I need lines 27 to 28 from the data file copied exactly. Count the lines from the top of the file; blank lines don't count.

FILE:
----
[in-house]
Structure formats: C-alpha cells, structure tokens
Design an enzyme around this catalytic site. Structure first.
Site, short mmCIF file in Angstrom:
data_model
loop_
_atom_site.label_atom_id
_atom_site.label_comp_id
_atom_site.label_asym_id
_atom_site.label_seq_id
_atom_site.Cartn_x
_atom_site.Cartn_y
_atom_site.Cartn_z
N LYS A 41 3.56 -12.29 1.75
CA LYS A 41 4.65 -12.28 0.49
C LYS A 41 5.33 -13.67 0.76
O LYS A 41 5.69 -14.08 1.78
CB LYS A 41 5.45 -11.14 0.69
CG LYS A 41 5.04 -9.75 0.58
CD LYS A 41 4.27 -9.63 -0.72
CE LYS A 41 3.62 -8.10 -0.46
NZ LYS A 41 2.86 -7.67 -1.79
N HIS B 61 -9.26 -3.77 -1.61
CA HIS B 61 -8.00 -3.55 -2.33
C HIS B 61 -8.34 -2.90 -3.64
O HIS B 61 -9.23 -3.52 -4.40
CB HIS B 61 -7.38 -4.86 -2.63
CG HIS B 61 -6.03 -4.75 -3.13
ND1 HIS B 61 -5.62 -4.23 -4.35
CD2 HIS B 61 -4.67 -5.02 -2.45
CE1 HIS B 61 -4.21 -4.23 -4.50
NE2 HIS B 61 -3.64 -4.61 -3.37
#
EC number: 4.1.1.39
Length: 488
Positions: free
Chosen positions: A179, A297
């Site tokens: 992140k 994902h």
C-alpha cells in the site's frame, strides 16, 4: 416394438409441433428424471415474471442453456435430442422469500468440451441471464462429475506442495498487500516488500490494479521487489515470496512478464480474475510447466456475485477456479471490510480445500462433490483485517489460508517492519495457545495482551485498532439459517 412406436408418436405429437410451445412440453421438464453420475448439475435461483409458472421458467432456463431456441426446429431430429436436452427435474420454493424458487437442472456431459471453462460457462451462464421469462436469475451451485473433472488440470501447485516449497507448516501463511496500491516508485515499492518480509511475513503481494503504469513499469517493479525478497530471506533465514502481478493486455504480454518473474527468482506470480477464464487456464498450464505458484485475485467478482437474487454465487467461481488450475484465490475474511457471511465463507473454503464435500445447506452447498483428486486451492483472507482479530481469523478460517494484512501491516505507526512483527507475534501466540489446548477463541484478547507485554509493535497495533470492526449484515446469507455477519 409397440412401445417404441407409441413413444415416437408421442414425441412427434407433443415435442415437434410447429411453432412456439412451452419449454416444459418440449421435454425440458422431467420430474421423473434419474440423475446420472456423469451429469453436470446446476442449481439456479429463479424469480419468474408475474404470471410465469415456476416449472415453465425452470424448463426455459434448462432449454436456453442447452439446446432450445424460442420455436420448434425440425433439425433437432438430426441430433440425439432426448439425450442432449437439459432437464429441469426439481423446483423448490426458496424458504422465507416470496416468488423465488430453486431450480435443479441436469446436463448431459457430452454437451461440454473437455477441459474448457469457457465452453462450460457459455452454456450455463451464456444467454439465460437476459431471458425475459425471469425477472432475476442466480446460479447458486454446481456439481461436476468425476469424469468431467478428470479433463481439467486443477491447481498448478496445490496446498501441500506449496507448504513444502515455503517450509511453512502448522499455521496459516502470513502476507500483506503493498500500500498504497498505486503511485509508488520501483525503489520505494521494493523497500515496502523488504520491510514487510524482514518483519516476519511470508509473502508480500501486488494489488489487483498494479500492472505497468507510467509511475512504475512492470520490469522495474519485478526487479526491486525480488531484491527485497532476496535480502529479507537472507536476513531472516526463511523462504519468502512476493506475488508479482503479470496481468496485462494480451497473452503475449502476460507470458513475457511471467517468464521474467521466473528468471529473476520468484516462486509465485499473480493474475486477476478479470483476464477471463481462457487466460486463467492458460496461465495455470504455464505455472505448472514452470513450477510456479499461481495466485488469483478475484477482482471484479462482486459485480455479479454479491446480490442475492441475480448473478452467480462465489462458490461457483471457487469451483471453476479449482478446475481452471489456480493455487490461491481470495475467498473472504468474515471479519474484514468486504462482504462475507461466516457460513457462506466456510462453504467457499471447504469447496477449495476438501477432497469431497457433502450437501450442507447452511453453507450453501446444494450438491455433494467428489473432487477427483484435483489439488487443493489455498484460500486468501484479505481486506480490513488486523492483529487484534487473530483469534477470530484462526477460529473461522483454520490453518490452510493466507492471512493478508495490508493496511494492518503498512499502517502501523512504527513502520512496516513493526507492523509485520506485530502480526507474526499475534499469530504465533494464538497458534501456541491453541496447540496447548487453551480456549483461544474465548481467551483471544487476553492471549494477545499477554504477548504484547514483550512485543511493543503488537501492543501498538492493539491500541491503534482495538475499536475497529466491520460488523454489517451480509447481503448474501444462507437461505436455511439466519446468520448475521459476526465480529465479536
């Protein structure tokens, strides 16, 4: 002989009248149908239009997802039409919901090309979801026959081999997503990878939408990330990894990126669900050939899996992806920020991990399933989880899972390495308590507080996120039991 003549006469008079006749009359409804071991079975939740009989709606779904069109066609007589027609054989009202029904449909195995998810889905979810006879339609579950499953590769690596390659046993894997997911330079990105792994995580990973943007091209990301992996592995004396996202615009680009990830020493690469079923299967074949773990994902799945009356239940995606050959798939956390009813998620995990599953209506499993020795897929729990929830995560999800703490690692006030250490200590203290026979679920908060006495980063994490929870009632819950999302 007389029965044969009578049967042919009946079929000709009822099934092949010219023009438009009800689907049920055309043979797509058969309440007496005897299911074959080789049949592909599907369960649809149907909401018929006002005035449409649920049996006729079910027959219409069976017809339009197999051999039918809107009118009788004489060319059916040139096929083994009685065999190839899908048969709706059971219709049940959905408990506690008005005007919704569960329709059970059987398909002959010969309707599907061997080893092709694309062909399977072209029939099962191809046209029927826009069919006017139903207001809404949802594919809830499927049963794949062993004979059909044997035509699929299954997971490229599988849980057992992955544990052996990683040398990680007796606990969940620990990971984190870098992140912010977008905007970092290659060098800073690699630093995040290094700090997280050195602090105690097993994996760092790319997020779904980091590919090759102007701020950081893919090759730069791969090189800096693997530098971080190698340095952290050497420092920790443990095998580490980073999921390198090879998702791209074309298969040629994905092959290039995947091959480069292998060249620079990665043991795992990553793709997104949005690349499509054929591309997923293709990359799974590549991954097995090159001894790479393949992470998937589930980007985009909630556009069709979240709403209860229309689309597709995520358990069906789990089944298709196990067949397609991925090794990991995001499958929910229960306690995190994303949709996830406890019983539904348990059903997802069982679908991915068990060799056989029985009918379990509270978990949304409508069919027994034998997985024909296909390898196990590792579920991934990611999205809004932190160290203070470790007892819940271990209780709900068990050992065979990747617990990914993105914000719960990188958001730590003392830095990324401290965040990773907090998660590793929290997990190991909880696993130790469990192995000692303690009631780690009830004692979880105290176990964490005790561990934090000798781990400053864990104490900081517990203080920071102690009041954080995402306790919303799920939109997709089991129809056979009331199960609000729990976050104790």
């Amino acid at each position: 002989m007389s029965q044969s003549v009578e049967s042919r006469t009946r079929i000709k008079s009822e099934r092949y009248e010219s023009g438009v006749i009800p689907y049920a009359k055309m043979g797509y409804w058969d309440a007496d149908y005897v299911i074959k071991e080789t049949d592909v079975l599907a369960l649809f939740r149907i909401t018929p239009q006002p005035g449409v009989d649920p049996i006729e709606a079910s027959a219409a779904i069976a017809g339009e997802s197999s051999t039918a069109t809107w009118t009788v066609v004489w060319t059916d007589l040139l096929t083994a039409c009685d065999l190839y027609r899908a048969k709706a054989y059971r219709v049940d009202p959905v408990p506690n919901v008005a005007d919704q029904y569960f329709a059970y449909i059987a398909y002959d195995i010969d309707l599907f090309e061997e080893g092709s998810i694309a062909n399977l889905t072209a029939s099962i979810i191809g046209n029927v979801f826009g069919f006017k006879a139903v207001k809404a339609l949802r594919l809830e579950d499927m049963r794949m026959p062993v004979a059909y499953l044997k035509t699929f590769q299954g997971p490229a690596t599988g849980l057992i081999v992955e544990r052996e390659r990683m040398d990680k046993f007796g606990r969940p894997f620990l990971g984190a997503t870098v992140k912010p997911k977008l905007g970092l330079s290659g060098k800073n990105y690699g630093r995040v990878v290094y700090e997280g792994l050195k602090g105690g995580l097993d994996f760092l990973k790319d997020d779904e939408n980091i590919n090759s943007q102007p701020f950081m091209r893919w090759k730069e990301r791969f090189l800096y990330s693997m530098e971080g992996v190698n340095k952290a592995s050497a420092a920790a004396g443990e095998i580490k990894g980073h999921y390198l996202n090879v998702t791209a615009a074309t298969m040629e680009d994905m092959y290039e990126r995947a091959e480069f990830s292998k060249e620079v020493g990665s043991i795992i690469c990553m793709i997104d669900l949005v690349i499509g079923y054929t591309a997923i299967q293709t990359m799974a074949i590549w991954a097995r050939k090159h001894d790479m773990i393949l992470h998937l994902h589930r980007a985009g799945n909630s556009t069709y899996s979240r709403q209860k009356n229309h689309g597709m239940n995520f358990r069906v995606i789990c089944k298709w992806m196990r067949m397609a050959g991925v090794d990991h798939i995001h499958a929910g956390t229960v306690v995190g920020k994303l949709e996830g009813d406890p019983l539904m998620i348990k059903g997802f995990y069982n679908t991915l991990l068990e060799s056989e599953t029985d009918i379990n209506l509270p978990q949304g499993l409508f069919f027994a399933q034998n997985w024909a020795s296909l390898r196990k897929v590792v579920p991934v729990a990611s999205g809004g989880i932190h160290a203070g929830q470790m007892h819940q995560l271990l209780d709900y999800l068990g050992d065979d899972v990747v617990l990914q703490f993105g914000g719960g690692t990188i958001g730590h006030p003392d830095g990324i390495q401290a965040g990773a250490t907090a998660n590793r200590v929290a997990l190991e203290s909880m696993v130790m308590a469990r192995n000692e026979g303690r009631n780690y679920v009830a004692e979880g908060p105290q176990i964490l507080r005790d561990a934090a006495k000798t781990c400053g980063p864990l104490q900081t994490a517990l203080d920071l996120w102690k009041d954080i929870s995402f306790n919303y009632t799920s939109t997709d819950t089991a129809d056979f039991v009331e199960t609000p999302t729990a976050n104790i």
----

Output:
CB HIS B 61 -7.38 -4.86 -2.63
CG HIS B 61 -6.03 -4.75 -3.13